Monday, July 7, 2008

It's a Long, Long Road

I think we cheated a bit, sister, by discussing the book before we penned our thoughts, but it's our blog, so I suppose we can do whatever we want. I, too, found the story bleak and depressing, but since the setting is a nuclear winter after most of the population and all of the sunlight has been wiped out, I think that was a purposeful tone.

I've been thinking about this all day, and keeping in mind that very tone, I think it is an uplifting story.

*putting on Devil's Advocate hat, which looks kind of like a trucker cap*

The plot involves a father and son, trudging down a road, trying to survive. They have to guard against rain, cold, snow, starvation, and evil marauders. The father is self-sacrificing and full of pure love for the son, evidenced in the fact that he still goes on day after day; his son has become his purpose.

The son is hope for humanity. Forget the simple symbolism of "children are the future" and see that the son is not just hope for humankind; he has a tender heart despite never knowing the world before its barrenness, and yet he still feels sympathy, empathy, and compassion for others. He is hope for humanity--that goodness that exists within each of us. Like Jan, I will not give away plot points, but he implores his father to have pity even when others would not have pity on them. He has no reason to be so pure of heart, yet he is. I found that pretty uplifting. He is hope amid despair. He carries "the fire."

The author chooses to write in the third person--a great way to keep the reader just slightly detached, which helped ease some of the horror. And as Jana pointed out, helped to make me want to continue on in the book. I really did care for the characters, but I was able to remain somewhat aloof as necessary.

What bothered me more was the lack of apostrophes. Yes, I know, nit-picky, unless it was just a visual way of showing conventions don't matter? That most of the world is dead and therefore grammar is as well? I don't know. The language was beautiful, even if the vocabulary could be a bit obscure at times. I do know that after I finished the book I wanted to read it again. I didn't, though. Time for something a little less intense.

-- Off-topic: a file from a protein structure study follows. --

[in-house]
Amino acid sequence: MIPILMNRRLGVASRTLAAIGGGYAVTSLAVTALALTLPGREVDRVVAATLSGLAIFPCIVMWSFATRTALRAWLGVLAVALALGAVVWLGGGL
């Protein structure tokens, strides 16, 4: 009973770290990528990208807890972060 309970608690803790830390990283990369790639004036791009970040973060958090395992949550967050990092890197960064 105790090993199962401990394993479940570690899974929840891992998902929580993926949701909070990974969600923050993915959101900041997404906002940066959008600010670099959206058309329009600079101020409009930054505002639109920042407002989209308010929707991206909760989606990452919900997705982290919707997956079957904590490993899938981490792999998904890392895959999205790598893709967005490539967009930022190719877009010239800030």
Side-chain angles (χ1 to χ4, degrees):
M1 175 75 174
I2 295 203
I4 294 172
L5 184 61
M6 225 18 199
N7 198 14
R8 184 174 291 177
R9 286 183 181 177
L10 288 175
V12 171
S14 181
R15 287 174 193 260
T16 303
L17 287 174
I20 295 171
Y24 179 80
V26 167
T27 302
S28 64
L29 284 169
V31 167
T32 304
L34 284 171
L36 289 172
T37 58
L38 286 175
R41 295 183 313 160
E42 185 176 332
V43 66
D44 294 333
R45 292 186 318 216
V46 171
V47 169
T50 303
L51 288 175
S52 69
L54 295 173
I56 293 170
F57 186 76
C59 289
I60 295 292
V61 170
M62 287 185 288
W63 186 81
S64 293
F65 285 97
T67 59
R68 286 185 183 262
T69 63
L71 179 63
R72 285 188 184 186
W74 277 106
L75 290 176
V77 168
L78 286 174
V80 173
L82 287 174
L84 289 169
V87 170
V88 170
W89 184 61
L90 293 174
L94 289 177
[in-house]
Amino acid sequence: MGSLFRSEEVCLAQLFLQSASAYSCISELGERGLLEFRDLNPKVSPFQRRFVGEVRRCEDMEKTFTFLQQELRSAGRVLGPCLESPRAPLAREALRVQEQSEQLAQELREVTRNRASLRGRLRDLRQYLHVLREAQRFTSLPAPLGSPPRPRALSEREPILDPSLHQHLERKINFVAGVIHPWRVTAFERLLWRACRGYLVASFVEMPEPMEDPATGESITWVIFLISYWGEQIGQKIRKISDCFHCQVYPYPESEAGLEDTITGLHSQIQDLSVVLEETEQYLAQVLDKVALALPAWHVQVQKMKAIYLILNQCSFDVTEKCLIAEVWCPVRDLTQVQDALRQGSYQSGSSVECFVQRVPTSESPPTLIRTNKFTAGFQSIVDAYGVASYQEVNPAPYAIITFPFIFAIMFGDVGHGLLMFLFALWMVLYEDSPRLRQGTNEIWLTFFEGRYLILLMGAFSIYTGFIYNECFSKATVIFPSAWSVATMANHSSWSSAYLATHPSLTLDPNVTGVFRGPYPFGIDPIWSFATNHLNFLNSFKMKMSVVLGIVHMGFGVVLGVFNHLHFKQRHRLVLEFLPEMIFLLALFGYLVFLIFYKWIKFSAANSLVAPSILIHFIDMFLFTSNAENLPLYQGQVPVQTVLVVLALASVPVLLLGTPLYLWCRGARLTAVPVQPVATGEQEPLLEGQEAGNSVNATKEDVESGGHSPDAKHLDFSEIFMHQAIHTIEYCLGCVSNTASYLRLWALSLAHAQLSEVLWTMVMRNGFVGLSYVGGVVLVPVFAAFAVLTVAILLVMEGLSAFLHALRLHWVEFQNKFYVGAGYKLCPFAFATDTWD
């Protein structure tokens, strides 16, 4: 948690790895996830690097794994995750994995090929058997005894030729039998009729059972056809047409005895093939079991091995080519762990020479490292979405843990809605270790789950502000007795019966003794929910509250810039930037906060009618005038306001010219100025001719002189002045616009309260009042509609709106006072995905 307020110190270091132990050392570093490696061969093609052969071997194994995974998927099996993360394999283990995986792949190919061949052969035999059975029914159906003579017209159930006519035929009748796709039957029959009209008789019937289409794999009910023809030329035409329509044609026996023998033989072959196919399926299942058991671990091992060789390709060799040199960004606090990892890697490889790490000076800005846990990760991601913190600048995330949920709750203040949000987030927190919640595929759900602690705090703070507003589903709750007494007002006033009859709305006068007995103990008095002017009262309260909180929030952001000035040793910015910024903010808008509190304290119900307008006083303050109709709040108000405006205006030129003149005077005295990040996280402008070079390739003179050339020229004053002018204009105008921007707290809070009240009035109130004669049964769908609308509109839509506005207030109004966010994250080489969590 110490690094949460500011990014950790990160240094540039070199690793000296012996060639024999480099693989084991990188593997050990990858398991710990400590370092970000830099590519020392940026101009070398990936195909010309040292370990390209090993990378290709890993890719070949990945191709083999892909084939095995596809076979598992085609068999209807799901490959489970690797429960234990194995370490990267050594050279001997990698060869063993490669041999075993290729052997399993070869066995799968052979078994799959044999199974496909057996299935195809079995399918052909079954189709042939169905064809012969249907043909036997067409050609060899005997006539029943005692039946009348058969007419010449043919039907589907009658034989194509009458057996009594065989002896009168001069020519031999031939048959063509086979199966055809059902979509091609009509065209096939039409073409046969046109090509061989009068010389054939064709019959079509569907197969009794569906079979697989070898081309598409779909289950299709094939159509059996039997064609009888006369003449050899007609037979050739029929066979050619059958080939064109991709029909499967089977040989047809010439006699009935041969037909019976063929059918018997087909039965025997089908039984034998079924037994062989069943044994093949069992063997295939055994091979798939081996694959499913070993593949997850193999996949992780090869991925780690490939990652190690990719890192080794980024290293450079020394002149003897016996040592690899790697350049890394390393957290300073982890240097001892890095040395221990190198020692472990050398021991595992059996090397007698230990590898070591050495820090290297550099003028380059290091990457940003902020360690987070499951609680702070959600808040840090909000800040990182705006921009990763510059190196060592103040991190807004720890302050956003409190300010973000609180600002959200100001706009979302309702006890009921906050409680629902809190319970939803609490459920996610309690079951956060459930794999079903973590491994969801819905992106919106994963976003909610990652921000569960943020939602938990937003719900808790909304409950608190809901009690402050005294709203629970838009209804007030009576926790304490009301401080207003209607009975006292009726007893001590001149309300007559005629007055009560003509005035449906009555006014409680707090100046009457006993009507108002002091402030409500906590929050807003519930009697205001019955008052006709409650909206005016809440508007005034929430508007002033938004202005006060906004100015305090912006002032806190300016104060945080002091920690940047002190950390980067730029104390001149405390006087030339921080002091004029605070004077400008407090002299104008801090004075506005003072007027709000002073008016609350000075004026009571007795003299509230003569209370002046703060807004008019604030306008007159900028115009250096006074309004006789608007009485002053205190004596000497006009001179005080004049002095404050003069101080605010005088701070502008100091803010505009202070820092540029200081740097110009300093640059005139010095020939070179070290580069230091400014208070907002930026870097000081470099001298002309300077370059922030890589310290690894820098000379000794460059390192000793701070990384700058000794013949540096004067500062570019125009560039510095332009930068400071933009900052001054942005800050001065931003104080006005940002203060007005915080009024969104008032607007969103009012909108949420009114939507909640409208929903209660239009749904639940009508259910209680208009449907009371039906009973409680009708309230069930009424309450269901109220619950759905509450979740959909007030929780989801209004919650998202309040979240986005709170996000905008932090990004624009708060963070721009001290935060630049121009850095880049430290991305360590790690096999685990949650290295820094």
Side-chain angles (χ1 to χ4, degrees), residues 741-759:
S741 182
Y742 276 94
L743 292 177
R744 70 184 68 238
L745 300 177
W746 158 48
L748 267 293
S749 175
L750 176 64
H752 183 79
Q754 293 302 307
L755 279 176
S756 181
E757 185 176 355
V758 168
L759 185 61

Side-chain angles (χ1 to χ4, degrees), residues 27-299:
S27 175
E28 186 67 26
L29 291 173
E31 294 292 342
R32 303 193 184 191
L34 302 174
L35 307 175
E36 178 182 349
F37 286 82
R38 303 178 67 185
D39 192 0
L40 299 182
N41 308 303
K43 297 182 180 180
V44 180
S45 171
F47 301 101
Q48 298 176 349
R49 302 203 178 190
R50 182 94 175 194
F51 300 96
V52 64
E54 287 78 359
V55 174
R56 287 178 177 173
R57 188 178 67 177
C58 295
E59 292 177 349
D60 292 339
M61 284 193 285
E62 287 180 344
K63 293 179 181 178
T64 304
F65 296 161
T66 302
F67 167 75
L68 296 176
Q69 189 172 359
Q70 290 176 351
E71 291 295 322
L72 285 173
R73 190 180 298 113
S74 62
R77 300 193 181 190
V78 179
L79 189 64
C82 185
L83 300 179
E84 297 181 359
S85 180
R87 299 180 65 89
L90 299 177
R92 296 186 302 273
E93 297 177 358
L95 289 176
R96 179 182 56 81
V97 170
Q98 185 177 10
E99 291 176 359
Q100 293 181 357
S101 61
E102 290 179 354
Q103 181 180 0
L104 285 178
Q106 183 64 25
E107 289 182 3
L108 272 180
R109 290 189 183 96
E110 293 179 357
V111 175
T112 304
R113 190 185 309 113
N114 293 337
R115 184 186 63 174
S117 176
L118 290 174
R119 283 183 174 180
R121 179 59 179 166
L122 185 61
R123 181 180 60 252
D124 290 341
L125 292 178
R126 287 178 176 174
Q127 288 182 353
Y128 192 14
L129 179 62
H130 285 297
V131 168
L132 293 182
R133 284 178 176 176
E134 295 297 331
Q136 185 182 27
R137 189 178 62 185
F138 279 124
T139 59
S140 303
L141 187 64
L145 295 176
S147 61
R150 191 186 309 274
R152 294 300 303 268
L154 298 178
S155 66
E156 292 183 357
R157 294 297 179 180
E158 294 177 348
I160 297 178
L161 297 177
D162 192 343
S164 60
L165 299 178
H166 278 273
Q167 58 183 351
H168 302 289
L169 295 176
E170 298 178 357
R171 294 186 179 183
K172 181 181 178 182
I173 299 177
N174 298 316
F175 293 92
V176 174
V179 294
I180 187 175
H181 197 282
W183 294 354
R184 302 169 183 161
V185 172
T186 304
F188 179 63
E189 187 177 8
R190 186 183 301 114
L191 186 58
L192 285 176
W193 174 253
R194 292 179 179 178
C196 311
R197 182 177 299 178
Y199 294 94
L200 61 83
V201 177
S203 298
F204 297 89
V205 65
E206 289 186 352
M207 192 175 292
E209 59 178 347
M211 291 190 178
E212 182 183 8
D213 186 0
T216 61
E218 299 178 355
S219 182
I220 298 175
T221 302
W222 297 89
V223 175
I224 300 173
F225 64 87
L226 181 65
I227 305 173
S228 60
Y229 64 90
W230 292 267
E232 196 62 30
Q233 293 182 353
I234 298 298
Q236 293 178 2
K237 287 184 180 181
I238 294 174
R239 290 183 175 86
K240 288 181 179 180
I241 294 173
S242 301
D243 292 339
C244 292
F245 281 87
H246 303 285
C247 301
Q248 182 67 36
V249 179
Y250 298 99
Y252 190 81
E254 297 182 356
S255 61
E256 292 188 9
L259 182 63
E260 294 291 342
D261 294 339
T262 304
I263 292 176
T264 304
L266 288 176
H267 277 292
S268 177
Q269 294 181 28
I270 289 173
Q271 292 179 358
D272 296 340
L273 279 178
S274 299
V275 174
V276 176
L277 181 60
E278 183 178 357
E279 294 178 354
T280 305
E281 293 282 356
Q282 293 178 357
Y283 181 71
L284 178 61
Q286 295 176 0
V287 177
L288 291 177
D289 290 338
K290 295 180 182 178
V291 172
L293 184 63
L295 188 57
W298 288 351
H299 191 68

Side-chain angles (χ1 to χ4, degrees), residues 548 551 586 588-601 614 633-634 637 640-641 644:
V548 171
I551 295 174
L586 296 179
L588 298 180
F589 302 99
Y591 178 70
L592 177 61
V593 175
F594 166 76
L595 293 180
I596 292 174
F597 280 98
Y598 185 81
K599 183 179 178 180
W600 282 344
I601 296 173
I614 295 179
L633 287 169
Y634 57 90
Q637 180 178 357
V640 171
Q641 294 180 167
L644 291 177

Originally I wanted to give it 3 stars, but upon reflection, I think it deserves 4 out of 5 stars as well.


Leslie said...

Did you finish this book in 3 days??? Geez, i either need to quit my job or spend more time in the bathroom :)
About the apostrophes...i was wondering if that and no quotes was a "large print" thing. Is it easier for the visually impaired to read without them?

Jen said...

I don't do my reading in the bathroom. I just read a little each night, and if I'm lucky, a little in the morning.

Jana said...

I communte via train so I have built in reading time every day :)

As far as punctuation, McCarthy just doesn't use it large or small print. I think that once you reach a certain "author status" you just say f* you puctuation. I am a great writer. I don't need you.

Of course, I hate the